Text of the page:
As the three-year anniversary of the Deepwater Horizon blowout approaches, laborious efforts to remove mats of oil and tar balls are still underway along Gulf of Mexico shorelines.
The U.S. Coast Guard just wrapped up a 10-day operation along a two-mile stretch of Pensacola Beach in Florida that recovered more than 450 pounds of oil from the spill, which was triggered by the explosion of a BP oil rig on April 20, 2010.
Corporations have not figured out how to get themselves elected to public office, but Peabody Energy and Indiana Rail Road Co. have the next best thing going in Indiana: Both companies have senior employees in the state legislature, and both of those lawmakers have been amending legislation in ways that would enrich their employers at the expense of state residents, public health, and the environment.
A proposed coal-gas plant in Rockport could have a big impact on the pocketbooks of Indiana residents, but legislation that would introduce new ratepayer protections has twice been watered down at the hands of lawmakers whose employers could benefit from the project.
The world's foremost carbon cap-and-trade system is floundering, and members of the European Parliament on Tuesday voted to keep it that way.
About 12,000 power plants and factories operating across the 27 countries that make up the European Union must purchase allowances to release greenhouse gases. The eight-year-old cap-and-trade program, designed to rein in carbon emissions and slow down climate change, is the world's biggest and oldest international carbon-trading scheme.
But there's a problem. Greenhouse gas–producing industrial activity has been slowed down by sour economies across Europe, which has left the market awash with a glut of carbon allowances. The price to buy the right to release a tonne of carbon on the E.U. Emissions Trading Scheme has dropped below $6.50 -- well down from highs of more than $39 in 2006.
Environmental groups are calling for a moratorium on coal leasing in the Powder River Basin of Montana and Wyoming until the federal government reviews the program.
Representatives of 21 groups including Greenpeace and the Sierra Club requested the moratorium Monday in a letter to newly confirmed Interior Secretary Sally Jewell. ...
As companies seek to ramp up coal exports, the environmentalists say the government needs to make sure companies are paying proper royalties. They also want more attention given to the climate change impacts of greenhouse gasses emitted when coal is burned.
On the royalty issue, the enviros put it a little more sharply in their letter:
The average owner of a sedan has to shell out nearly $10,000 a year to own and operate that car, according to auto club AAA.
A new AAA report shows, on average, the cost of driving 15,000 miles a year rose 1.17 cents to 60.8 cents per mile, or $9,122 per year. Overall, that's a roughly 2% increase on the cost of operating a car last year.
When it comes to powering a home with energy from the sun, solar panels seem passé compared with the technology embedded in the façade of a new apartment building in Hamburg, Germany.
Green slime, not dissimilar to that which taints the Great Lakes and other nutrient-rich water bodies in the warmer months, grows in panels mounted along exterior walls of the Bio Intelligent Quotient (BIQ) House. The algae will be harvested to produce biofuel and help heat the 50 apartments inside.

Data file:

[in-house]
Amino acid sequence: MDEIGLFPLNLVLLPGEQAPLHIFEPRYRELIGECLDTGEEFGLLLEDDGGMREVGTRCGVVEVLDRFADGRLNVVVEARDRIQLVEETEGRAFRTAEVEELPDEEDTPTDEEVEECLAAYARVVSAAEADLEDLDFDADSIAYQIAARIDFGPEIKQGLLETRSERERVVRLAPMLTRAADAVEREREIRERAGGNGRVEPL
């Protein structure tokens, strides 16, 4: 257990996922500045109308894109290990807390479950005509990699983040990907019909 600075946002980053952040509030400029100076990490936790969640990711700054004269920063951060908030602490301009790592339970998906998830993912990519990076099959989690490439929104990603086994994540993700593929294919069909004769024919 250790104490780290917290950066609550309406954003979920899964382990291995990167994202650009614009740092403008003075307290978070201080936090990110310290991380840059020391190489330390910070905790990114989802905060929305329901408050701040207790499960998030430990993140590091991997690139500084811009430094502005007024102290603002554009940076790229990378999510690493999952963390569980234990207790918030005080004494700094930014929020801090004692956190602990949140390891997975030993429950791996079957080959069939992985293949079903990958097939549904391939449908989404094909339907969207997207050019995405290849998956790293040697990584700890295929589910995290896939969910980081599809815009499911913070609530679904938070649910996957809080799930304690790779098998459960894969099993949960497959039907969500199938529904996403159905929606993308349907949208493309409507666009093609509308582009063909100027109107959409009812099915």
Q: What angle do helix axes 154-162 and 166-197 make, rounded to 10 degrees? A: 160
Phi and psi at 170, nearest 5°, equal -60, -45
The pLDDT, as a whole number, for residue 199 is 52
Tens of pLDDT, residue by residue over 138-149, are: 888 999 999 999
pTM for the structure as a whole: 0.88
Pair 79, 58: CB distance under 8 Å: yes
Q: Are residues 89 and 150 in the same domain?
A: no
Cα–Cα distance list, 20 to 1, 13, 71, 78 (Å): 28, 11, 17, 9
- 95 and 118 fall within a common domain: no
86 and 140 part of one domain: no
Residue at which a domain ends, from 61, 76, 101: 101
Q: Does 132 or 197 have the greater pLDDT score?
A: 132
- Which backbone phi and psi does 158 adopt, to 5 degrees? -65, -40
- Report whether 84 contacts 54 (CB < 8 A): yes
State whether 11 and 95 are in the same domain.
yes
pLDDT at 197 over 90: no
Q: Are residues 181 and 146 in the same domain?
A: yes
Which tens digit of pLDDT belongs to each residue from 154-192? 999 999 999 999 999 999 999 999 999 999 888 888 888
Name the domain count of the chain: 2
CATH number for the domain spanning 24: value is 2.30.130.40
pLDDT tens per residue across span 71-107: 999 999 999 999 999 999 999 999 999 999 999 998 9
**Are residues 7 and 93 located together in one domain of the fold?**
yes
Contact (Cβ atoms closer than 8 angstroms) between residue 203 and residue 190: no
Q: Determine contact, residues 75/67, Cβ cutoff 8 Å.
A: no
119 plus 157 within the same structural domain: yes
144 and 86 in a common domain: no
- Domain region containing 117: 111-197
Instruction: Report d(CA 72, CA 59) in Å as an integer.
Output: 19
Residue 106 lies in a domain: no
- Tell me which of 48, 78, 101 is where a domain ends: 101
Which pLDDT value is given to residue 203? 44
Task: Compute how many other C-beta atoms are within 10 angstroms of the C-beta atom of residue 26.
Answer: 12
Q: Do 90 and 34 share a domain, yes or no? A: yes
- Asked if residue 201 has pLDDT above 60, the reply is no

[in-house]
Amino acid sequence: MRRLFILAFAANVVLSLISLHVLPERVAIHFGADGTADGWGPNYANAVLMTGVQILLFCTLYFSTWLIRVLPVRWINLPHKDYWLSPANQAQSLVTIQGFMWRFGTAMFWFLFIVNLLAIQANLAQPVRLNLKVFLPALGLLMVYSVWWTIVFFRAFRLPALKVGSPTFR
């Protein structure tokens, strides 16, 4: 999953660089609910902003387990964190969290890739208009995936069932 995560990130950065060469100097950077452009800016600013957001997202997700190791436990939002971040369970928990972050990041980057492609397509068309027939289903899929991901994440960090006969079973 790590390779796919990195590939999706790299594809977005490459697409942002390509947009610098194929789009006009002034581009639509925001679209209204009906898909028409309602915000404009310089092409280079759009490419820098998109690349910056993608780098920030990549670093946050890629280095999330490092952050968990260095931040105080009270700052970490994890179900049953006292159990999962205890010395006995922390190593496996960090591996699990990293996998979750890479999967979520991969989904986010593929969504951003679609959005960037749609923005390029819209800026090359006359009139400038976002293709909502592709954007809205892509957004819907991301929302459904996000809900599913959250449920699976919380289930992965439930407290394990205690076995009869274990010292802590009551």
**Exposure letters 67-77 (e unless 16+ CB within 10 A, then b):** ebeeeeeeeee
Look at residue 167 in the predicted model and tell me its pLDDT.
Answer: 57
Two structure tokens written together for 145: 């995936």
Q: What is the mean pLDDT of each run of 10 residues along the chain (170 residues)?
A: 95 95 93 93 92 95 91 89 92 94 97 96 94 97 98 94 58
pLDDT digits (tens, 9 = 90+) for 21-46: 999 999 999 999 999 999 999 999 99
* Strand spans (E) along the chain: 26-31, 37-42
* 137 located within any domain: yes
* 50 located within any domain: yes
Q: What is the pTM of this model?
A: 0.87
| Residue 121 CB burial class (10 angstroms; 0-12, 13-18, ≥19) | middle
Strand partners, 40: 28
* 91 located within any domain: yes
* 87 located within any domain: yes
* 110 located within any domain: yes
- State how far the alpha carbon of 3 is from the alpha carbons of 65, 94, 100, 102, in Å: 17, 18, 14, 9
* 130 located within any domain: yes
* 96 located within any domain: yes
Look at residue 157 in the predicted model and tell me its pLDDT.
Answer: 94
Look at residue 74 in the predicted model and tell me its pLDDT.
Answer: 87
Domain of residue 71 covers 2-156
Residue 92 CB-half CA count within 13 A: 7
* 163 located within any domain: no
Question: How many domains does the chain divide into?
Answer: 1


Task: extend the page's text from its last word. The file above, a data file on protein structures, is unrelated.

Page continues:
An August fire and explosion at a refinery in Richmond, Calif. -- which sickened 15,000 residents of the San Francisco Bay area -- was the result of Chevron not giving a shit about safety.
That's the paraphrased conclusion of an investigation into the accident by the U.S. Chemical Safety Board. While releasing an interim report Monday, the board said a regulatory overhaul was needed to protect the public from such accidents.
When winds were at their strongest in California this month, wind turbines were providing the state with nearly twice as much electricity as nuclear reactors.
The Golden State saw a surge in new wind farms last year, taking its wind power capacity to 5,544 megawatts. That put it second in the nation behind Texas, which has more than 12,000 MW of installed wind capacity.
It's hard to imagine a worse traffic jam than the traffic jam that slows your escape from a nuclear meltdown.
The U.S. Government Accountability Office is warning other federal agencies that they need to be thinking about that scenario as they plan emergency responses to nuclear accidents.
Current planning focuses on evacuating or sheltering people living and working within a 10-mile radius of a nuclear power plant. Such planning assumes that everybody living, say, 11 miles from an exploding nuclear reactor would sit on their asses watching the disaster unfold on CNN. And the GAO thinks that's unlikely. Those people might instead rush into their cars and onto the streets in an understandably panicked bid to escape the area, worsening traffic congestion and making escape more difficult for those closer to the accident.
The Great Plains are finally beginning to enjoy cloudbursts of relief from two years of epic drought -- the worst in the region's history, and part of the most widespread drought to afflict the U.S. since 2000. As farms and ecosystems rehydrate, it's worth asking: Did we do this? Did climate change cause the Great Plains drought, and the tens of billions of dollars of damage it inflicted?
The answer to these questions appears to be "no." Or, wait, make that "yes." Or ...